On the Relationship Between Valence and Arousal in Samples Across the Globe

Michelle Yik*, Chiel Mues, Irene N.L. Sze, Peter Kuppens, Francis Tuerlinckx, Kim De Roover, Felity H.C. Kwok, Shalom H. Schwartz, Maher Abu-Hilal, Damilola Fisayo Adebayo, Pilar Aguilar, Muna Al-Bahrani, Marc H. Anderson, Laura Andrade, Denis Bratko, Ekaterina Bushina, Jeong Won Choi, Jan Cieciuch, Vincent Dru, Uwana EversRonald Fischer, Ivonne Andrea Florez, Ragna B. Garðarsdóttir, Aikaterini Gari, Sylvie Graf, Peter Halama, Jamin Halberstadt, Magdalena S. Halim, Renata M. Heilman, Martina Hřebíčková, Johannes Alfons Karl, Goran Knežević, Michal Kohút, Martin Kolnes, Ljiljana B. Lazarević, Nadezhda Lebedeva, Julie Lee, Young Ho Lee, Chunquan Liu, Rasmus Mannerström, Iris Marušić, Florence Nansubuga, Oluyinka Ojedokun, Joonha Park, Tracey Platt, René T. Proyer, Anu Realo, Jean Pierre Rolland, Willibald Ruch, Desiree Ruiz, Florencia M. Sortheix, Alexander Georg Stahlmann, Ana Stojanov, Włodzimierz Strus, Maya Tamir, Cláudio Torres, Angela Trujillo, Thi Khanh Ha Truong, Akira Utsugi, Michele Vecchione, Lei Wang, James A. Russell

*Corresponding author for this work

Research output: Contribution to journalArticlepeer-review

18 Scopus citations

Abstract

Affect is involved in many psychological phenomena, but a descriptive structure, long sought, has been elusive. Valence and arousal are fundamental, and a key question–the focus of the present study–is the relationship between them. Valence is sometimes thought to be independent of arousal, but, in some studies (representing too few societies in the world) arousal was found to vary with valence. One common finding is that arousal is lowest at neutral valence and increases with both positive and negative valence: a symmetric Vshaped relationship. In the study reported here of self-reported affect during a remembered moment (N = 8,590), we tested the valence-arousal relationship in 33 societies with 25 different languages. The two most common hypotheses in the literature–independence and a symmetric V-shaped relationship–were not supported. With data of all samples pooled, arousal increased with positive but not negative valence. Valence accounted for between 5% (Finland) and 43% (China Beijing) of the variance in arousal. Although there is evidence for a structural relationship between the two, there is also a large amount of variability in this relation.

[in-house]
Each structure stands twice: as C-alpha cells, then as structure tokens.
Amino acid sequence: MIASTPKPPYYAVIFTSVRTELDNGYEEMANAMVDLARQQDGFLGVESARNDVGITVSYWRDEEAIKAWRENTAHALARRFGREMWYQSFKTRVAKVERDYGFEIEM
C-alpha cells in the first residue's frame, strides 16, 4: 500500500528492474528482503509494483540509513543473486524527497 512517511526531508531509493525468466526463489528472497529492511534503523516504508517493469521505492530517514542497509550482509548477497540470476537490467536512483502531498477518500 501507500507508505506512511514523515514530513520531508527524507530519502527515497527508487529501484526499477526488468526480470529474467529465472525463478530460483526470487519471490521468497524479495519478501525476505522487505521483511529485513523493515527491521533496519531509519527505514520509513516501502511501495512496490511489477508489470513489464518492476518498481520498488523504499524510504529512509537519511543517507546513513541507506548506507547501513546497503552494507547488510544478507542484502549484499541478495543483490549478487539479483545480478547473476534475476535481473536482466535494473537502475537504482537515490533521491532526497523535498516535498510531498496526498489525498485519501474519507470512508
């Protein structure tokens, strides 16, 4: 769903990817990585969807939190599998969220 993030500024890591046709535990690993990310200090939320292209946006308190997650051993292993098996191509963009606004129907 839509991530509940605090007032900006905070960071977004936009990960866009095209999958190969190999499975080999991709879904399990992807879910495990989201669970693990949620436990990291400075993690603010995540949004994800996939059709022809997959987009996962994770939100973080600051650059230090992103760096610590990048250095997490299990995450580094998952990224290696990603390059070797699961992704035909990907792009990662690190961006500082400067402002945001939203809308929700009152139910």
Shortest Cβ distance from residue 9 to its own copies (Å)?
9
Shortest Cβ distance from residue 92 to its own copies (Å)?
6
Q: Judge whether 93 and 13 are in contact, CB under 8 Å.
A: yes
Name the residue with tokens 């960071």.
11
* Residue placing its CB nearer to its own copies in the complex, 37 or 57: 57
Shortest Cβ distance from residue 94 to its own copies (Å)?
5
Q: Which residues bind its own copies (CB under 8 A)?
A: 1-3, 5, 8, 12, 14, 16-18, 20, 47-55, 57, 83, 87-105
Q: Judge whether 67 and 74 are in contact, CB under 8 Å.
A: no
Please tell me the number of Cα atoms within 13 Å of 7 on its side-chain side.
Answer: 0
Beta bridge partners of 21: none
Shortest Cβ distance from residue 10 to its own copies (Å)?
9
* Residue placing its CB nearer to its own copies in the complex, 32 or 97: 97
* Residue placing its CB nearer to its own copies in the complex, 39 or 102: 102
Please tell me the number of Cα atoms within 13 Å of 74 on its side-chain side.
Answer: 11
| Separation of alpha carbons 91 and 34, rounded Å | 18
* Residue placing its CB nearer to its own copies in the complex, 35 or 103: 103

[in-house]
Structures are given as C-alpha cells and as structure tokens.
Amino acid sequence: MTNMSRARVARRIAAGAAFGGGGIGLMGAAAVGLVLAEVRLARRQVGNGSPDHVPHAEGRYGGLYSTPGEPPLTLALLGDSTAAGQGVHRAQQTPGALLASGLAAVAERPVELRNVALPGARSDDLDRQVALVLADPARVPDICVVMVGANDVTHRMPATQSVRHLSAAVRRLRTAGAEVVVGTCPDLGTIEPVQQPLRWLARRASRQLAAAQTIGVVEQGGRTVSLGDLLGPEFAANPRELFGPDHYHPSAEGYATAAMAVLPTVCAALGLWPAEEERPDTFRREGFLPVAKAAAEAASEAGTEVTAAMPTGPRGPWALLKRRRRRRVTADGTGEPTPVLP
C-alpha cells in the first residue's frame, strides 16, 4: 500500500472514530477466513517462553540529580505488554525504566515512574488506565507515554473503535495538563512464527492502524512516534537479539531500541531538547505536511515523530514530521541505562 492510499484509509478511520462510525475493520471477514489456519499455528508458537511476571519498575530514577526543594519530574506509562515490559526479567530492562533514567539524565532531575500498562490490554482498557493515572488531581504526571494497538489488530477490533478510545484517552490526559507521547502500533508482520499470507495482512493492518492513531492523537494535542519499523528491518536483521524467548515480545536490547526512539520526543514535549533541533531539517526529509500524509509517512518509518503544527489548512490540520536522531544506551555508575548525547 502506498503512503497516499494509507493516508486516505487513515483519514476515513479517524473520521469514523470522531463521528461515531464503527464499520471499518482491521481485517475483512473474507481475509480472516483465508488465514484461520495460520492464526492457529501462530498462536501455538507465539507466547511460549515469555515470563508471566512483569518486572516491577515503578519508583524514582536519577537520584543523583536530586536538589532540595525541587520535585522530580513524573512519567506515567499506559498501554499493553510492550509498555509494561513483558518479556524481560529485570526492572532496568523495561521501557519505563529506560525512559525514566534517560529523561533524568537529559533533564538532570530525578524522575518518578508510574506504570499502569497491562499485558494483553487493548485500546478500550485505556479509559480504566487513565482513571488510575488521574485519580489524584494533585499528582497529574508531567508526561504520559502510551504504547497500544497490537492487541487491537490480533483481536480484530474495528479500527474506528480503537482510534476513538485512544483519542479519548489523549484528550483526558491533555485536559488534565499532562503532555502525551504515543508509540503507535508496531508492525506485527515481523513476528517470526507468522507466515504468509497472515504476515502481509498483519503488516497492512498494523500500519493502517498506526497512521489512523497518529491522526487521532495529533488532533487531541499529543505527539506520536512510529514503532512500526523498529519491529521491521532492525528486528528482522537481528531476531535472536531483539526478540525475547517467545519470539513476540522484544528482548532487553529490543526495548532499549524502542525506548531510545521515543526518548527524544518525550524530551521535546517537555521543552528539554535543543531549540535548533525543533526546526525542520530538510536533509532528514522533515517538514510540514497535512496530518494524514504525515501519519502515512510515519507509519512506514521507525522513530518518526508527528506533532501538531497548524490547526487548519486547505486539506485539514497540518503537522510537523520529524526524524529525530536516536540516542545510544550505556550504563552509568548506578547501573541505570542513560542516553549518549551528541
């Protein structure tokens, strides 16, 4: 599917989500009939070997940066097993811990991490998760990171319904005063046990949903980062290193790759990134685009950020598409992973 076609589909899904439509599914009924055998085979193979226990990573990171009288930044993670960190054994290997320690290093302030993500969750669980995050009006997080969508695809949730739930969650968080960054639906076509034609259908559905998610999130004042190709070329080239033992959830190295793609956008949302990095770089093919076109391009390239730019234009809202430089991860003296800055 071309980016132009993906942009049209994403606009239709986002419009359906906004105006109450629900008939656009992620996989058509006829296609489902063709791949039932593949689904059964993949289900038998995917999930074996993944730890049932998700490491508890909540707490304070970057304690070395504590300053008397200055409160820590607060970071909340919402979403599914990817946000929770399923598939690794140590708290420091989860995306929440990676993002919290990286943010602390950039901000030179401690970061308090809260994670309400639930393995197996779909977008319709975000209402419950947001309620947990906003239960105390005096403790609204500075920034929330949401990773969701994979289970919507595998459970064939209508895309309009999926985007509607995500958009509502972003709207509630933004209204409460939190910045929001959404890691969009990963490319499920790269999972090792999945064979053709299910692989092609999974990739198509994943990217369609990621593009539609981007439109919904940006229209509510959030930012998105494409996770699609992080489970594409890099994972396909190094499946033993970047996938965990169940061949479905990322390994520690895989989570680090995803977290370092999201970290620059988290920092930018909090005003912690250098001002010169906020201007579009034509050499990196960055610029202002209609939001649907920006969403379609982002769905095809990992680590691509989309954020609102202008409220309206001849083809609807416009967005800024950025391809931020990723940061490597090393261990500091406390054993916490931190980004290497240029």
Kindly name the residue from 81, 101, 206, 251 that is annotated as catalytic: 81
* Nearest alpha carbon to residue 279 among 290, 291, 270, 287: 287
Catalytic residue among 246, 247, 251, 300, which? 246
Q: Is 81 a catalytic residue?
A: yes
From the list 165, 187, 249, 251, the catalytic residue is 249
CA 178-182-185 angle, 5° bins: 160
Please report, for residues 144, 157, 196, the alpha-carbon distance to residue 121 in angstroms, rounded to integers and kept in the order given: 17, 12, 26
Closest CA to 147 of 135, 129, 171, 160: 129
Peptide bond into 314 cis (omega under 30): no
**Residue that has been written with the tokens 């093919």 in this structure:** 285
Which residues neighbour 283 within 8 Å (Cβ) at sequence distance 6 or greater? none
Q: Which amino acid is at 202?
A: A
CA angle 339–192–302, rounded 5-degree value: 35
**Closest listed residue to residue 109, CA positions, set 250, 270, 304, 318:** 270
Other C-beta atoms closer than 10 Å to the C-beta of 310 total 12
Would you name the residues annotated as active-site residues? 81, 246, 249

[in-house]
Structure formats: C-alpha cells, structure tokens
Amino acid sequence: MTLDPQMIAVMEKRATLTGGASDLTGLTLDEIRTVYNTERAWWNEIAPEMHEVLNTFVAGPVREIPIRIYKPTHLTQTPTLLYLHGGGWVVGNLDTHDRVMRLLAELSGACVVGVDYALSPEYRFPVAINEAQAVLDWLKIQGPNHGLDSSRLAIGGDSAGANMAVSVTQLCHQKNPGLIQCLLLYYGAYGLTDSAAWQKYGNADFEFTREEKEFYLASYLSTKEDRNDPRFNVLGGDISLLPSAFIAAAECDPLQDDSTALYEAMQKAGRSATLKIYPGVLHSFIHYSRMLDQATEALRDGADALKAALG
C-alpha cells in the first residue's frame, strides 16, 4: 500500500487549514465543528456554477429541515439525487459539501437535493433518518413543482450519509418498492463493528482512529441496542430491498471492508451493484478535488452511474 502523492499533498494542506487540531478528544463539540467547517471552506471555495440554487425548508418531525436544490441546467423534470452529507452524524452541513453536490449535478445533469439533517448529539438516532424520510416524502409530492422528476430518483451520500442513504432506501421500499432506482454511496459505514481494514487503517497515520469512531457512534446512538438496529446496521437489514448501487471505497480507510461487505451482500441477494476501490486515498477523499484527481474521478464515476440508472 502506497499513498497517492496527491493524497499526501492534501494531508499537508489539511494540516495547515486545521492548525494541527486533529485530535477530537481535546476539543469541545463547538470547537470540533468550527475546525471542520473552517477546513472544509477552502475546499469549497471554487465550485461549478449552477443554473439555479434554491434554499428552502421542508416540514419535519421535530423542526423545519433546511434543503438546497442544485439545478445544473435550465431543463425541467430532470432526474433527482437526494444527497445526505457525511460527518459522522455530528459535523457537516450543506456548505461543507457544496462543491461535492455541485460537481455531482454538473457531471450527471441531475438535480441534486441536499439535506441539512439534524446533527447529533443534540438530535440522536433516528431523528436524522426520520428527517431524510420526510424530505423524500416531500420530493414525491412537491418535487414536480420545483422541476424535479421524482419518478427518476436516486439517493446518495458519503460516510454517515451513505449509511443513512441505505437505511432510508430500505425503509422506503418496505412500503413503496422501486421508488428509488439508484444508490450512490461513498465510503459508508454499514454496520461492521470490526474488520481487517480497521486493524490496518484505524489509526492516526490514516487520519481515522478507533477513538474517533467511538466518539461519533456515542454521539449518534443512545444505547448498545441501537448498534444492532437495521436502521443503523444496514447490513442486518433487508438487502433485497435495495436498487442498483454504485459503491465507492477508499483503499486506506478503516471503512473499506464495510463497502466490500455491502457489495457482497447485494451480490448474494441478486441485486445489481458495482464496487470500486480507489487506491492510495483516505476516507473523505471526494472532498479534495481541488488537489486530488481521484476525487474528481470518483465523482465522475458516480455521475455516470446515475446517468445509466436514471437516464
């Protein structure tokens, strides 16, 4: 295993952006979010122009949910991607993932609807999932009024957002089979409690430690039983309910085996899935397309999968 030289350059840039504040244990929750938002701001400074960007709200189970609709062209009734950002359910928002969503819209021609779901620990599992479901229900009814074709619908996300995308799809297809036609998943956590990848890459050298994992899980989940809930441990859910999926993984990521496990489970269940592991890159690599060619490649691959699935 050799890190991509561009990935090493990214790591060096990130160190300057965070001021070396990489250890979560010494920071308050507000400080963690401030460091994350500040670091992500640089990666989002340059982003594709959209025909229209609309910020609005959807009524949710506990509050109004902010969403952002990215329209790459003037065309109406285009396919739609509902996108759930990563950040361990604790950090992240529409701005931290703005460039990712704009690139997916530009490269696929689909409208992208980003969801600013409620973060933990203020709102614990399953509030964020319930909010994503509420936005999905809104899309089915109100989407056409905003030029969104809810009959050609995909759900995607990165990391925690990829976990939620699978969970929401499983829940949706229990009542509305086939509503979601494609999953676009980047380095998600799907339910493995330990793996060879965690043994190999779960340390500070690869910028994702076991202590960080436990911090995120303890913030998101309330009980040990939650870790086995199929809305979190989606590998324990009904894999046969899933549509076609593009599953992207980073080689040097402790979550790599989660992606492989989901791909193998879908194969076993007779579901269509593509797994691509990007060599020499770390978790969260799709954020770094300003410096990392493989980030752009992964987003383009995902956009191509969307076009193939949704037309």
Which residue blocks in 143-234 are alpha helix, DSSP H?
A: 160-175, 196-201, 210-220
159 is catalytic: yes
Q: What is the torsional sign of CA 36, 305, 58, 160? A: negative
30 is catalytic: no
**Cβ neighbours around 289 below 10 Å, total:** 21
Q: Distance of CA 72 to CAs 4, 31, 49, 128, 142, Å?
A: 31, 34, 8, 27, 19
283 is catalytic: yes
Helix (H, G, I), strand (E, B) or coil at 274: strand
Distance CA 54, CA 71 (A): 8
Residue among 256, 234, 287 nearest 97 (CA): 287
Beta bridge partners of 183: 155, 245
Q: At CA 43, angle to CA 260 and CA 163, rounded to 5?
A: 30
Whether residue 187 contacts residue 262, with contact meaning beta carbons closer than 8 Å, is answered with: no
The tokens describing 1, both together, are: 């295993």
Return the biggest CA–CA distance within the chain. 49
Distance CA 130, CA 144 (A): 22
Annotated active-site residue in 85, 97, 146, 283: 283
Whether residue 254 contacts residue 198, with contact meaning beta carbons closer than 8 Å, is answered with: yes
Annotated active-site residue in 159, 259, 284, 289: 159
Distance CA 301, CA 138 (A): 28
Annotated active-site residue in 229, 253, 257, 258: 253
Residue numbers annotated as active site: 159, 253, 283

Original languageAmerican English
Pages (from-to)332.-344
JournalEmotion
Volume23
Issue number2
DOIs
StatePublished - 21 Apr 2022

Bibliographical note

Funding Information:
Preparation of the article was facilitated by the Hong Kong Research Grants Council’s General Research Fund (Projects 16651916 and 16601818) awarded to Michelle Yik. The contributions of Sylvie Graf and Martina Hřebíčková were supported by the Czech Science Foundation (20-01214S) and the Institute of Psychology, Czech Academy of Sciences (RVO: 68081740). The contributions of Nadezhda Lebedeva and Ekaterina Bushina were supported by the Basic Research Program at HSE University, RF. The contributions of Francis Tuerlinckx and Peter Kuppens were supported by KU Leuven Research Council Grant C14/19/054. The contributions of Anu Realo and Martin Kolnes were supported by institutional research funding (IUT2–13) from the Estonian Ministry of Education and Sciences. These findings were presented as a poster at the 2021 Society for Affective Science Annual Conference.We have no conflicts of interest to disclose.

Publisher Copyright:
© 2022 American Psychological Association

Keywords

  • arousal
  • culture
  • structure of affect
  • subjective experience
  • valence

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